WASHINGTON v. SEATTLE SCHOOL DISTRICT NO. 1

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Case Basics
Docket No. 
81-9
Appellee 
Seattle School District No. 1
Appellant 
Washington
Advocates
(Argued the cause for the appellants)
(Argued the cause for the appellees)
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Facts of the Case 

In 1978, a Seattle school district adopted a mandatory busing plan to integrate its schools. No court or administrative body found the district to be engaged in unlawful segregation. A statewide initiative adopted in 1978 mandated a neighborhood school policy. The policy provided for some exceptions including voluntary busing options and mandatory busing if so ordered by state or federal courts. The initiative blocked the implementation of Seattle's mandatory busing plan. School officials challenged the Washington government in federal court.

Question 

Does the statewide initiative violate the Equal Protection Clause of the Fourteenth Amendment?

Conclusion 
Decision: 5 votes for Seattle School District No. 1, 4 vote(s) against
Legal provision: Equal Protection

Yes. The initiative reordered the educational decisionmaking process by moving the power over busing for purposes of integration to state control. The state explicitly employed "the racial nature of a decision to determine the decisionmaking process." This kind of state action places an unconstitutional burden on racial minorities within the governmental process.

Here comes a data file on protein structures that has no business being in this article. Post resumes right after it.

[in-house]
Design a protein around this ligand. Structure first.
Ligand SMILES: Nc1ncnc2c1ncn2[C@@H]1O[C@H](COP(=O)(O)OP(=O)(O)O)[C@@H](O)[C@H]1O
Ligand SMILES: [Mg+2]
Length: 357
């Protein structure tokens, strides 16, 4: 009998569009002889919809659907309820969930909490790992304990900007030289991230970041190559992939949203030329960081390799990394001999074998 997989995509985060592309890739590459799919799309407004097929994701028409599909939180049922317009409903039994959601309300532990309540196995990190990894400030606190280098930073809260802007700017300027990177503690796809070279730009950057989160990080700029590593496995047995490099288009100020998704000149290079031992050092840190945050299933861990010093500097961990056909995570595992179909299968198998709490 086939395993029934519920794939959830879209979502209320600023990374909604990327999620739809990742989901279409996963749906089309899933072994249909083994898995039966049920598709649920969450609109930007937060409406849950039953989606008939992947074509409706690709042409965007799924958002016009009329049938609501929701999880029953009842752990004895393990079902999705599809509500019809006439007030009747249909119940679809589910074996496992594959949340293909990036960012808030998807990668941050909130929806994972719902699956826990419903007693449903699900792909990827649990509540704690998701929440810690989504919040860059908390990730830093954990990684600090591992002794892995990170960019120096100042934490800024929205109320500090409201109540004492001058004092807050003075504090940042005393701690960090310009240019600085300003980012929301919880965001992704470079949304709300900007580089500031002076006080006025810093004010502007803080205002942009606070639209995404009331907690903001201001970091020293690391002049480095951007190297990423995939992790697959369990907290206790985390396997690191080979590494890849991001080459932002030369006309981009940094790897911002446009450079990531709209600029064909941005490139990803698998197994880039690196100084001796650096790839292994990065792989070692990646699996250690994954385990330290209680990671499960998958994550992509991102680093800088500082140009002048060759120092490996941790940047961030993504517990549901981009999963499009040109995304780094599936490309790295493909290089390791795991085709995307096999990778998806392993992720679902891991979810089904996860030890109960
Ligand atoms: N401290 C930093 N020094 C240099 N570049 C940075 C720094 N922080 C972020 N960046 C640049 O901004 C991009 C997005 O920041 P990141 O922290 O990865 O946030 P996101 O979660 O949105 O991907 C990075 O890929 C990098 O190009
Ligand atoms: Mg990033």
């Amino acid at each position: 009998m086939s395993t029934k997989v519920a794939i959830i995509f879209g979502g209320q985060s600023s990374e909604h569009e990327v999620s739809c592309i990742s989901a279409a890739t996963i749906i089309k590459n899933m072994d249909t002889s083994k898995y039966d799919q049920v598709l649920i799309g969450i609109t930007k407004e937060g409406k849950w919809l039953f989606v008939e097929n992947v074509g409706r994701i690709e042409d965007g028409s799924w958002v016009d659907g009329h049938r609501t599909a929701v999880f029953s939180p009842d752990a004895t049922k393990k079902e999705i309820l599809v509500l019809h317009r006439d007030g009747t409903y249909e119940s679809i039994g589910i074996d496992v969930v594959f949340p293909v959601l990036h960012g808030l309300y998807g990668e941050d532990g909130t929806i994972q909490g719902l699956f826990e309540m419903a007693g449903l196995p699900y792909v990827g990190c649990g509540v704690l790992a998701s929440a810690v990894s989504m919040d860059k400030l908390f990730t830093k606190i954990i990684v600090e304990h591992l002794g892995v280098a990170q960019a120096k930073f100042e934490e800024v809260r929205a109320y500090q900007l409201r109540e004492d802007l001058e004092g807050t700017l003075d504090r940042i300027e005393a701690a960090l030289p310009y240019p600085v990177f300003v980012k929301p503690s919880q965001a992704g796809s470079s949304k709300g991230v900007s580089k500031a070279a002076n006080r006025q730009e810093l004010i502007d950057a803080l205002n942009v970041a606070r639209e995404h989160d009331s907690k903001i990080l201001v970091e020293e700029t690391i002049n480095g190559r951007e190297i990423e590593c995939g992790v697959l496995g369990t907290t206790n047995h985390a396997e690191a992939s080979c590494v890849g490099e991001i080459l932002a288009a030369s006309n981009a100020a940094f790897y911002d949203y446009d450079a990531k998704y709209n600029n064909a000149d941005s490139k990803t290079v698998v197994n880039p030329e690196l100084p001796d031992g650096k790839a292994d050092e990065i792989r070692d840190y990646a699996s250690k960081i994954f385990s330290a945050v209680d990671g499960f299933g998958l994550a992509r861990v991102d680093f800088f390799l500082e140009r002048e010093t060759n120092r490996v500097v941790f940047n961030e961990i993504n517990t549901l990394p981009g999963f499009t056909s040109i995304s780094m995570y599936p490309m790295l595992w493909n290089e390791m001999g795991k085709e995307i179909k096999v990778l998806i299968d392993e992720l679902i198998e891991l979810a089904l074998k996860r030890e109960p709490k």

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WASHINGTON v. SEATTLE SCHOOL DISTRICT NO. 1. The Oyez Project at IIT Chicago-Kent College of Law. 19 July 2014. <http://www.oyez.org/cases/1980-1989/1981/1981_81_9>.
WASHINGTON v. SEATTLE SCHOOL DISTRICT NO. 1, The Oyez Project at IIT Chicago-Kent College of Law, http://www.oyez.org/cases/1980-1989/1981/1981_81_9 (last visited July 19, 2014).
"WASHINGTON v. SEATTLE SCHOOL DISTRICT NO. 1," The Oyez Project at IIT Chicago-Kent College of Law, accessed July 19, 2014, http://www.oyez.org/cases/1980-1989/1981/1981_81_9.